‘Planetary health is the recipe to heal the world’
Peering through the holistic lens of Filipino professor, doctor and activist Renzo Guinto, you start to see how the earth’s health coincides with the health of all living organisms, including humans. The Anthropocene needs a revised compass, according to ‘Mister Planetary Health’ as his students call him. And medical doctors and healthcare professionals need to lead the way. ‘The biggest threat to public health is the man-made climate crisis. It is time for the medical world to recognise this and act accordingly.’
Healthcare professionals are trained to fight disease, treat patients and make people better. But even more critical for public health right now—more than two hundred medical journals collectively wrote in their editorials in the summer of ‘21—is that world leaders are doing more to restore nature and counter the climate crisis. This is because it is the greatest threat to public health. Leading medical journals, including The Lancet, The East-African Medical Journal, and The Chinese Science Bulletin, denounce the failure of world leaders to keep the climate below the 1.5 degrees tipping point as agreed at COP16.
It is unique that renowned medical journals collectively publish a political appeal. According to Filipino Renzo Guinto, the cheerful Professor of Planetary Health, this is a sign of the times. ‘Much more of this kind of joint action is needed,’ he says via a video link that connects Manila and Amsterdam. ‘The medical world must rise above itself and strive for a more sustainable world. That is now our medical priority and responsibility number one.’ Guinto strives for a holistic view of health in which that of our planet is inextricably linked to that of its inhabitants (spiders, sunflowers, microbes included).
To tackle today’s planetary destruction -which is intrinsically linked to self-destructive men – healthcare professionals must perform above and beyond their field, he says. ‘To be a credible force for regeneration and healing, the medical world must set a stellar example. But paradoxically, healthcare has contributed to the health crisis it aims to cure.’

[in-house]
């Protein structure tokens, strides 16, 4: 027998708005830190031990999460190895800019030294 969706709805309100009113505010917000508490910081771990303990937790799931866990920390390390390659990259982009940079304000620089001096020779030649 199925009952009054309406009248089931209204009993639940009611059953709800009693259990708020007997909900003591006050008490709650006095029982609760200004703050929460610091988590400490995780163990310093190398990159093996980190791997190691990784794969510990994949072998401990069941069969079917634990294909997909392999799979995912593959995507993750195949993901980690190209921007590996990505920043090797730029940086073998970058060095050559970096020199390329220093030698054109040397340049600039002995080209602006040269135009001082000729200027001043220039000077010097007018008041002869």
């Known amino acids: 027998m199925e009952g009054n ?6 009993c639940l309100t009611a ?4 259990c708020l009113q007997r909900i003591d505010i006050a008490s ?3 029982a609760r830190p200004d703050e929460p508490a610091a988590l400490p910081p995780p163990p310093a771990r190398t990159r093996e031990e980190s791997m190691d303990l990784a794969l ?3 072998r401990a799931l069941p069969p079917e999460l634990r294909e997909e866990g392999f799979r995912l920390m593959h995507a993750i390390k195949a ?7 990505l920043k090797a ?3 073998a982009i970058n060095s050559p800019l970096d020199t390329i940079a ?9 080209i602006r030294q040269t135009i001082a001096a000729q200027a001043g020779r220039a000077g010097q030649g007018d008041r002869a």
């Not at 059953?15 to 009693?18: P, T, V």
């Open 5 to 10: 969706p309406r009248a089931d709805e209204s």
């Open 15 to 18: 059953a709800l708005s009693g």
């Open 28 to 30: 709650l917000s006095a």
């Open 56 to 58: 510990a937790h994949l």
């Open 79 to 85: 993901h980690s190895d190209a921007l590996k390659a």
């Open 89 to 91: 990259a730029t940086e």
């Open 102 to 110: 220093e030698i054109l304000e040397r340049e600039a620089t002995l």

The Dutch healthcare sector is responsible for seven percent of the total CO2 emissions in the country. An average hospital produces about 430,000 kilos of waste per year, most of which ends up in the sewer or is incinerated. That is possible because sustainability is not (yet) a standard quality indicator in healthcare.
In addition, the training of medical scientists and healthcare professionals pays scant attention to the connection between climate and health. But as our vision grows more comprehensive and the picture becomes clearer, the new field of planetary health is gaining popularity. This is why the Royal Netherlands Academy of Arts and Sciences (*KNAW) is busy making an inventory of what scientific knowledge is needed in the field of Planetary Health. Guinto became aware of the urgency of the matter when, while studying medicine in the Philippines, he witnessed first-hand the desperation and disease that are a direct result of climate change.
‘I saw how air pollution, increased heat and disrupted seasons made patients sick. I became more aware of the climate crisis, the failure of governments and the desperation of poor people. At that point I could no longer be that typical doctor who sees patients from behind a desk, occasionally pulls out his stethoscope and writes out a referral note. I realised that if I wanted to address the root causes of these symptoms I had to get out of the hospital. The climate crisis is caused by – and linked to our economy; the way we organise our cities and how our energy and food systems work. Also, our social and cultural values need a major mindshift.’
Guinto ended up in a ‘dizzying mental spiral’ and sought guidance for his spinning head. He desperately needed some kind of guideline to lead him through this all-encompassing web, which he found in the concept of planetary health. ‘It is like a constructive compass that shows me the way and gives me hope. Now I have two patients: men and planet. By planet, I of course mean the web of life. Everything is connected. It’s that simple!’ He grins.
Since then, he has been at the forefront of raising global awareness about the connection between human health and the health of the planet. He prefers to use Google Maps instead of a compass as a metaphor. ‘Planetary health is like Google Maps, I explain to my students. It gives us a clear and wise perspective to see and address the interlocking crises of our time.’
So, which route should medical scientists and healthcare professionals take if they want to propagate and embody the vision of planetary health? Guinto gives four pillars:
∆ Transdisciplinary cross-pollination